Directed by Robert Anderson
Starring Debbie Osborne, Nancy Ison, Alice Friedland
This forgotten little drive-in diversion first appeared in 1970, one of numerous titles churned out by the Crown International Pictures factory. It follows the usual skin & sin formula, with more emphasis on the peepshow than the plot than you’ll find in other titles like The Teacher or Pick-Up or Malibu High.
Is perhaps a tad more scandalous than the usual fare, too, with underaged protagonists, sorta-kinda incest, sorta-kinda lesbianism, and other more obviously exploitative elements, all of which helped get Cindy and Donna tagged with an early “X” by the MPAA.
Things begin with 15-year-old Cindy (Debbie Osborne) enjoying an idyllic end-of-summer walk on the beach with her boyfriend, Bob. Their stroll is accompanied by the film’s theme song, a syrupy dollop of pop in which the singer advises “Don’t be afraid to discover, Cindy / Don’t be afraid of a lover, Cindy” and the like.
In other words, the pressure on Cindy begins from the get-go. She and Bob make out a little, then Cindy goes home and is bored for a little while.
Soon her stepsister, the 17-year-old Donna (Nancy Ison) comes home. Cindy quizzes Donna about the boy with whom she’s been hanging out, Greg (Tom Koben), while Donna drinks some booze. Then their mother, Harriet, arrives.
She, too, immediately hits the bottle, a harmonica blasting away as if to mark her as “southern” or “white trash” or something. She speaks with a weird-sounding, highly affected accent, almost as though she’s trying to sound British. Or maybe trying to sound not British.
Harriet is kind of a spectacle, really. Interestingly, for the IMDB entry the obscure actress who played her (Suzy Allen) jumped on to comment on the film. “I agree that Cindy and Donna was a terrible movie,” she writes, “but the stagehands and crew said I was the best actor in the movie!”
One suspects the stagehands might have been being nice. Then again, it isn’t as though the best-actor-in-the-movie title should have been especially coveted by anyone here. Allen says a few more things about the making of the film, which sounds like it was quite fun for her. Her post is under the name “britwit” so perhaps she is British after all.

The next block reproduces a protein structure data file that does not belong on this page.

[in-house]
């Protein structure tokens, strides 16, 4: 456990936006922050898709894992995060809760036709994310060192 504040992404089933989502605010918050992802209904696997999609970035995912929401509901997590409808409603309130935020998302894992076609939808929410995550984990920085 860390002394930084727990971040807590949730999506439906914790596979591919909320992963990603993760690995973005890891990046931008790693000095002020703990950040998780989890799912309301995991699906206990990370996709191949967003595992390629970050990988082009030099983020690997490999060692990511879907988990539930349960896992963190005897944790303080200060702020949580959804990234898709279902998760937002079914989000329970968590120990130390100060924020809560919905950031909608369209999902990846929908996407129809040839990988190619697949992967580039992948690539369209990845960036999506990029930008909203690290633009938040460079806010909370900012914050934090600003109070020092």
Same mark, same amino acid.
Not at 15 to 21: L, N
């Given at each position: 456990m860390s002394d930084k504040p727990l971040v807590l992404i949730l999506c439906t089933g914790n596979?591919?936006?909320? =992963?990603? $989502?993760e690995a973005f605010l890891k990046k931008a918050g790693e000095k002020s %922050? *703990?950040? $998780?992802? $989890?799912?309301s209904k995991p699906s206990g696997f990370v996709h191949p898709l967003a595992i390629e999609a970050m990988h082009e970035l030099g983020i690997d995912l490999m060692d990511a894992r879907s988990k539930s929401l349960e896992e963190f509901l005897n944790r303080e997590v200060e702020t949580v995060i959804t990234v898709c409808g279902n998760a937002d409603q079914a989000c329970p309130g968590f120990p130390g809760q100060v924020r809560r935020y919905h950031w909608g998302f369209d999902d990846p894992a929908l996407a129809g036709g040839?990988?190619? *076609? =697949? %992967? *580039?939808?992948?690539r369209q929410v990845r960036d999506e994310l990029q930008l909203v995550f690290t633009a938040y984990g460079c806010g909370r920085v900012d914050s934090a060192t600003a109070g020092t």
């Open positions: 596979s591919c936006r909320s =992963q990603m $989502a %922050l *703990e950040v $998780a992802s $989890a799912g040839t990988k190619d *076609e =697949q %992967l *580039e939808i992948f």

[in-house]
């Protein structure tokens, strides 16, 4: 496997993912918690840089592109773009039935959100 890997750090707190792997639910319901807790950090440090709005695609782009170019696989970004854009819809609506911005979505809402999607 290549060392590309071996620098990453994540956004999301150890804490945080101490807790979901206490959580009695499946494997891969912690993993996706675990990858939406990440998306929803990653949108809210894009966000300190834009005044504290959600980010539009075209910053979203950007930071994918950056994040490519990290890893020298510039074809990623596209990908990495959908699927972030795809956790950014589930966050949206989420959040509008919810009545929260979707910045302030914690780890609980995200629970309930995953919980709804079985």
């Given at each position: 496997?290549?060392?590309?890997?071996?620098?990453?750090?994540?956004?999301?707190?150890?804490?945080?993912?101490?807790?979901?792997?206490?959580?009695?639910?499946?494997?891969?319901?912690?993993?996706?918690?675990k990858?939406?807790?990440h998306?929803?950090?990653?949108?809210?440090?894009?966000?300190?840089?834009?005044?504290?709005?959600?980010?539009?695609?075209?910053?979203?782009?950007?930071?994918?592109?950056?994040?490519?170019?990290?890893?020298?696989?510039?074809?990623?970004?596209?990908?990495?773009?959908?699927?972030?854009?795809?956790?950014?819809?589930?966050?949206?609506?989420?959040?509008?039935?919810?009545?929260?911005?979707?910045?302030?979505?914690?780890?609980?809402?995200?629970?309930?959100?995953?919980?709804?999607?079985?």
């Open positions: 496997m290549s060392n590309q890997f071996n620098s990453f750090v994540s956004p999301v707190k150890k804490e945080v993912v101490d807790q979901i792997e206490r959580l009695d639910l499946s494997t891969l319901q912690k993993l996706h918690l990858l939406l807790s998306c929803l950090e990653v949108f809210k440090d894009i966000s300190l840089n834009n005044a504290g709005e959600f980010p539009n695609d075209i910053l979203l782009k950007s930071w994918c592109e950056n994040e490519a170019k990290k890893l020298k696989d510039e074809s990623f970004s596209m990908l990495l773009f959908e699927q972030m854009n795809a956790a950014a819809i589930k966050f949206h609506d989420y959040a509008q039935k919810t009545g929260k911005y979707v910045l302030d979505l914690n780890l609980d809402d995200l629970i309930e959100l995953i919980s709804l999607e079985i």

Meanwhile Dad, Ted Weeks (Max Manning) -- Cindy’s father, and Donna’s stepfather -- is driving home from work. He can’t help but eye the legs of female drivers from the cab of his truck...
...thereby rapidly alerting us to his “dirty old man” status.
He ends up stopping at a bar where he gets a drink and talks to some other dirty old men about this “unbelievable doll” they want to tell him all about.
Then comes a quick, unannounced cut to a strip club, where we are invited to ogle an oily Alice (Alice Friedland).
An unknown here (in fact, she’s uncredited), Friedland would later appear in some small roles in high profile flicks such as John Cassavetes’ The Killing of a Chinese Bookie (1976) where she played one of the “De-Lovlies.”
Her dance lingeringly lasts for three solid minutes, the lengthiness of the scene obviously vital to the plot.
We cut back to Ted, who has left the bar and ends up calling Alice from a phone booth and arranging a meeting later that night. (One of the other dirty old men has given him her number.)
Back home Cindy is still bored. She undresses and puts on a nightie. That takes a couple more minutes.
Then Dad comes home and he, too, hits the booze without hesitation. When he hugs Cindy, she asks if he’s drunk. “You gotta be a little bit drunk to get through the day” he explains.
We watch him then linger over Donna in her bra a little longer than he should, after which he has a drunken shouting match with his wife. She knows all about his “little whooahs,” but that doesn’t deter him much as soon he’s out the door and heading to his rendezvous with Alice.
We hang out with Cindy some while she takes her top off and is bored some more. Then we look in on dirty Ted with Alice who after some small talk quickly get it on.
“You’re blowing my mind, you know that!” says Ted.